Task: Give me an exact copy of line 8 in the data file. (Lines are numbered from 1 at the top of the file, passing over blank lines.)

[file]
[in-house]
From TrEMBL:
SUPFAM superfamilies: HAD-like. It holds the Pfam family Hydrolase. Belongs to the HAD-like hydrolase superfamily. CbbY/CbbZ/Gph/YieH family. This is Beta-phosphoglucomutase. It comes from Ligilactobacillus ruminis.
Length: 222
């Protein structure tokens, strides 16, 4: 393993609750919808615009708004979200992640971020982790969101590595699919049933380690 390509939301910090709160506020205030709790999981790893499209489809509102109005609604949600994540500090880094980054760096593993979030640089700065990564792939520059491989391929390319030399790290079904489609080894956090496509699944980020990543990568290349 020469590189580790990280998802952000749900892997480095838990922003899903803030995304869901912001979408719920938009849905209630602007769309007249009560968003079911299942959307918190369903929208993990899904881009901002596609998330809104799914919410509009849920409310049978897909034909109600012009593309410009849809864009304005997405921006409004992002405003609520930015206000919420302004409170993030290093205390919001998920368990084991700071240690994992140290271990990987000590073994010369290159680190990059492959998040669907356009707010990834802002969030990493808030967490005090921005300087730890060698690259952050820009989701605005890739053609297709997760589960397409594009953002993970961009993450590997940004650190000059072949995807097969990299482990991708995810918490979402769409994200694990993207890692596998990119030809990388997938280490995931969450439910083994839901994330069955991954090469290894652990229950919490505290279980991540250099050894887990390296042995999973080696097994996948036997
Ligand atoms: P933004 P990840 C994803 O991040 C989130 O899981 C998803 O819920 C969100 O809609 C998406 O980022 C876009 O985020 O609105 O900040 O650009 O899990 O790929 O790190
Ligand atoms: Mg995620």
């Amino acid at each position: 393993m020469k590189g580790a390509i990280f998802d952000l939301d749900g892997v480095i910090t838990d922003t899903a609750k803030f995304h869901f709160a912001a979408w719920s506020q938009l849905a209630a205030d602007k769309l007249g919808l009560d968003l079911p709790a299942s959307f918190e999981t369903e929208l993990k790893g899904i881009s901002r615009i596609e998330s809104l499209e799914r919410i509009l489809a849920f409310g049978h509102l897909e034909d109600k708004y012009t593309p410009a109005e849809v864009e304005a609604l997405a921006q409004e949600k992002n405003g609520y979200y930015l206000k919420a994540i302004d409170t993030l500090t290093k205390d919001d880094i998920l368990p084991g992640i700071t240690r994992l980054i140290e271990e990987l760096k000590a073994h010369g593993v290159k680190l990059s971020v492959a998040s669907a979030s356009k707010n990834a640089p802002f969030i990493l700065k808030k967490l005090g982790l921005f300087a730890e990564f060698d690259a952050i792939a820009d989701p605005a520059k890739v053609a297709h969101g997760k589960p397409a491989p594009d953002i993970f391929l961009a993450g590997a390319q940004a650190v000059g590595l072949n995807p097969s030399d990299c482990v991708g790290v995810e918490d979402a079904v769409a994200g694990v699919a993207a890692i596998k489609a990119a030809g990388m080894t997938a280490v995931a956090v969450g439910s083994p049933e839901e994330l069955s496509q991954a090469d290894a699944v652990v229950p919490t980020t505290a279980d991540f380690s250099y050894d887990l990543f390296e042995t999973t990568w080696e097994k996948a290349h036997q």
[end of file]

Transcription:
């Amino acid at each position: 393993m020469k590189g580790a390509i990280f998802d952000l939301d749900g892997v480095i910090t838990d922003t899903a609750k803030f995304h869901f709160a912001a979408w719920s506020q938009l849905a209630a205030d602007k769309l007249g919808l009560d968003l079911p709790a299942s959307f918190e999981t369903e929208l993990k790893g899904i881009s901002r615009i596609e998330s809104l499209e799914r919410i509009l489809a849920f409310g049978h509102l897909e034909d109600k708004y012009t593309p410009a109005e849809v864009e304005a609604l997405a921006q409004e949600k992002n405003g609520y979200y930015l206000k919420a994540i302004d409170t993030l500090t290093k205390d919001d880094i998920l368990p084991g992640i700071t240690r994992l980054i140290e271990e990987l760096k000590a073994h010369g593993v290159k680190l990059s971020v492959a998040s669907a979030s356009k707010n990834a640089p802002f969030i990493l700065k808030k967490l005090g982790l921005f300087a730890e990564f060698d690259a952050i792939a820009d989701p605005a520059k890739v053609a297709h969101g997760k589960p397409a491989p594009d953002i993970f391929l961009a993450g590997a390319q940004a650190v000059g590595l072949n995807p097969s030399d990299c482990v991708g790290v995810e918490d979402a079904v769409a994200g694990v699919a993207a890692i596998k489609a990119a030809g990388m080894t997938a280490v995931a956090v969450g439910s083994p049933e839901e994330l069955s496509q991954a090469d290894a699944v652990v229950p919490t980020t505290a279980d991540f380690s250099y050894d887990l990543f390296e042995t999973t990568w080696e097994k996948a290349h036997q």